skagit vs. the world.

ralfish

Active Member
So there seems to be a couple different schools of thought here: generally I support the idea of a belly length to rod ratio as a definition of line class rather than a given length of line. However, this sort of takes away from the idea of what some prefer to think of as a true long belly. But again when you look at the big stick and the bellies they can carry it comes down to the ratio again. So a guy with say a 12 1/2 foot rod with a GPS line with a 65' belly is hucking a long belly. No? I dont for a second equate the skill level as the same required for say a 16 or 18' rod though even if I do like the short rod because I can use it under trees, tight to the bank and it is easier on a cartilage deficient shoulder....
 
Well, mids and longbellies aren't going to make pulling those tips up any easier. Spend some time making friends with the windcutter.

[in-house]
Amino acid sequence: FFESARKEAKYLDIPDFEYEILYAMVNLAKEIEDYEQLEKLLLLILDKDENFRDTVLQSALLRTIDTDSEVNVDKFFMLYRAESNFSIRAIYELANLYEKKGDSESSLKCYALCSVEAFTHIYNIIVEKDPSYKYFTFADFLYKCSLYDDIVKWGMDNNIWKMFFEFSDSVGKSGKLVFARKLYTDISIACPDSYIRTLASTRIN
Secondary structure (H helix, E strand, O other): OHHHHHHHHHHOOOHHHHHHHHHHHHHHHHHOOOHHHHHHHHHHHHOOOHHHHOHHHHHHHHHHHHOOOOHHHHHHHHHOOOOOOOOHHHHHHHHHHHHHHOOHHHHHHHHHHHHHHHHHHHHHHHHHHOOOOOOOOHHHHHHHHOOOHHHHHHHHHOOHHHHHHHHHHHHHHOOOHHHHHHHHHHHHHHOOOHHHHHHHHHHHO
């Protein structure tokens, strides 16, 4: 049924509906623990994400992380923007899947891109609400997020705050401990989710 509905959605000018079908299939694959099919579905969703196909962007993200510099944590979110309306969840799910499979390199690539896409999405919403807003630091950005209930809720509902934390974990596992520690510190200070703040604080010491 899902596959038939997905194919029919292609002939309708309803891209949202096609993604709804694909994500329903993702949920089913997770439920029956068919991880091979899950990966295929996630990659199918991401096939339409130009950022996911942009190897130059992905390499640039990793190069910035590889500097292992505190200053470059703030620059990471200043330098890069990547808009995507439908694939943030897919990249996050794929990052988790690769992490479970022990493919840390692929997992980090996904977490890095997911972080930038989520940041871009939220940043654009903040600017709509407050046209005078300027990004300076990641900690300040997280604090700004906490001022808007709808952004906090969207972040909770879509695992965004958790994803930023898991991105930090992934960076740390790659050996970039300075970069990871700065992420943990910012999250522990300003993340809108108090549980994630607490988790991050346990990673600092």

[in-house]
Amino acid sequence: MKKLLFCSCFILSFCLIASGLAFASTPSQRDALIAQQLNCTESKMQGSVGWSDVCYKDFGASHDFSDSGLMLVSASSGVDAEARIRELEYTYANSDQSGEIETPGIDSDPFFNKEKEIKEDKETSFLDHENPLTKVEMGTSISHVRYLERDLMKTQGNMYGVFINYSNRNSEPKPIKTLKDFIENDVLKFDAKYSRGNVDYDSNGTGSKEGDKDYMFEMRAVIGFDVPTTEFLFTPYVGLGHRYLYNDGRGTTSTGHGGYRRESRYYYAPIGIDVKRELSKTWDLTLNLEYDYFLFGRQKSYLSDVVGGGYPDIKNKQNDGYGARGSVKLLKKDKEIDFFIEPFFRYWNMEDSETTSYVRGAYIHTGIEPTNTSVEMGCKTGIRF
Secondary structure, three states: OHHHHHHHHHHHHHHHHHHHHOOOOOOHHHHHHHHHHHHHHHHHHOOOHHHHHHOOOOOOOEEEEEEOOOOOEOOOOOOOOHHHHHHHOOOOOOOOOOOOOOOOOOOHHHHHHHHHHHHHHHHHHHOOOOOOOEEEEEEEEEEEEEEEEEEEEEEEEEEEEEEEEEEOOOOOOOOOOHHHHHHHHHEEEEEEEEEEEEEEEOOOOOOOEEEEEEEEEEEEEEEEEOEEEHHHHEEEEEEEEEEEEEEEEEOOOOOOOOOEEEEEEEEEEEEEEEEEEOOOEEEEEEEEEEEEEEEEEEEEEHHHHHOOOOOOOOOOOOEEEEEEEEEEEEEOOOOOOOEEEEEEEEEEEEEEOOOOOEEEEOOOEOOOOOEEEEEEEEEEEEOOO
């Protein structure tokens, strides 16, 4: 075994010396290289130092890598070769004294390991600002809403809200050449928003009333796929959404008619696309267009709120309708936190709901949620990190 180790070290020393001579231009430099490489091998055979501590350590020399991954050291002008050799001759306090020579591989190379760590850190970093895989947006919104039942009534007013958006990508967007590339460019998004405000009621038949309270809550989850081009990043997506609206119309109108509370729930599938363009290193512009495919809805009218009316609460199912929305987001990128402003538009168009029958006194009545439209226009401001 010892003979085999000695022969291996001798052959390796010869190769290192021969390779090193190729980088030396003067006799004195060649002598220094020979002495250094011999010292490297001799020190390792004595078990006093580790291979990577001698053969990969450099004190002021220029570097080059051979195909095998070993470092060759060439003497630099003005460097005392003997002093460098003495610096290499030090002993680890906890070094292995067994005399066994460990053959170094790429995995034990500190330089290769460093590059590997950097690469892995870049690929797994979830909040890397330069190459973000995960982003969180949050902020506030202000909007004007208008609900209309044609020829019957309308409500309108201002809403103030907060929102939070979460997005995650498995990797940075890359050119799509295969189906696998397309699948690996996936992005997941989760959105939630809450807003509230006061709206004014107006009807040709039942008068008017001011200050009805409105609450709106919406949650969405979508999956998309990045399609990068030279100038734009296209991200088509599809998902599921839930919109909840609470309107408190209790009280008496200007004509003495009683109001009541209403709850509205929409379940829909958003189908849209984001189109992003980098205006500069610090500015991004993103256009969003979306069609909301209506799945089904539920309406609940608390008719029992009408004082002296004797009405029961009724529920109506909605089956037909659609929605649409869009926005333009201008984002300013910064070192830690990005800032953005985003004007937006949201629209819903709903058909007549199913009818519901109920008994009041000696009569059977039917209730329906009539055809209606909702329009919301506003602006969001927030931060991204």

I hear you. I really wasn't concerned about tips, just thinking I'd like to give a full floater long belly a whirl. I no longer own the windcutter, since I didn't use it. Would the power spey in a full floater be a good choice and would that be considered a mid belly?
 
but would still bet dollar to donuts 99% with those long liners would be walking by water the skagit guys fish......
Simply not true Mr golfman. Fishing long lines in tight confines is easily accomplished by pulling the head in to a suitable length for the situation. Furthermore, that type of water is highly conducive to holding fish in close so hero casts are typically not needed. Even with the head pulled in, it is still possible to shoot some line for distance if it is deemed necessary. Long bellies can do it all with proper employment of technique and dedication to perfecting the craft. Then again, there are still mid bellies, short heads, skandi lines etc so skagit lines are hardly a necessary tool for any situation.

cheers
 

Lugan

Joe Streamer